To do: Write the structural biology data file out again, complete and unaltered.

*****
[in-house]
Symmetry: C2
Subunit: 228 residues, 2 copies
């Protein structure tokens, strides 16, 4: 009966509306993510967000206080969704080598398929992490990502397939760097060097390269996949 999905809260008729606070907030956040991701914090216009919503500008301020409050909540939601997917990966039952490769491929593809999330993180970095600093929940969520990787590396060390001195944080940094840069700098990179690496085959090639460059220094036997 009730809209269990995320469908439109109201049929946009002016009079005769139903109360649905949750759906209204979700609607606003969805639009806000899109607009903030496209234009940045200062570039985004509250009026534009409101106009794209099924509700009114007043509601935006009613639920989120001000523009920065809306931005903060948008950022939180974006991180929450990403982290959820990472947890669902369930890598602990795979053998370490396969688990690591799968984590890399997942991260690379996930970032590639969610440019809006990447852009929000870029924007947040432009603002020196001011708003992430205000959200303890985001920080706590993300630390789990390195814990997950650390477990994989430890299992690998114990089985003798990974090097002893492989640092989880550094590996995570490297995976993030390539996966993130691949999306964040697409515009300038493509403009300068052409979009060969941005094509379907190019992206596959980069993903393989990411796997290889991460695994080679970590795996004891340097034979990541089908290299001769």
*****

[in-house]
Symmetry: C2
Subunit: 228 residues, 2 copies
């Protein structure tokens, strides 16, 4: 009966509306993510967000206080969704080598398929992490990502397939760097060097390269996949 999905809260008729606070907030956040991701914090216009919503500008301020409050909540939601997917990966039952490769491929593809999330993180970095600093929940969520990787590396060390001195944080940094840069700098990179690496085959090639460059220094036997 009730809209269990995320469908439109109201049929946009002016009079005769139903109360649905949750759906209204979700609607606003969805639009806000899109607009903030496209234009940045200062570039985004509250009026534009409101106009794209099924509700009114007043509601935006009613639920989120001000523009920065809306931005903060948008950022939180974006991180929450990403982290959820990472947890669902369930890598602990795979053998370490396969688990690591799968984590890399997942991260690379996930970032590639969610440019809006990447852009929000870029924007947040432009603002020196001011708003992430205000959200303890985001920080706590993300630390789990390195814990997950650390477990994989430890299992690998114990089985003798990974090097002893492989640092989880550094590996995570490297995976993030390539996966993130691949999306964040697409515009300038493509403009300068052409979009060969941005094509379907190019992206596959980069993903393989990411796997290889991460695994080679970590795996004891340097034979990541089908290299001769």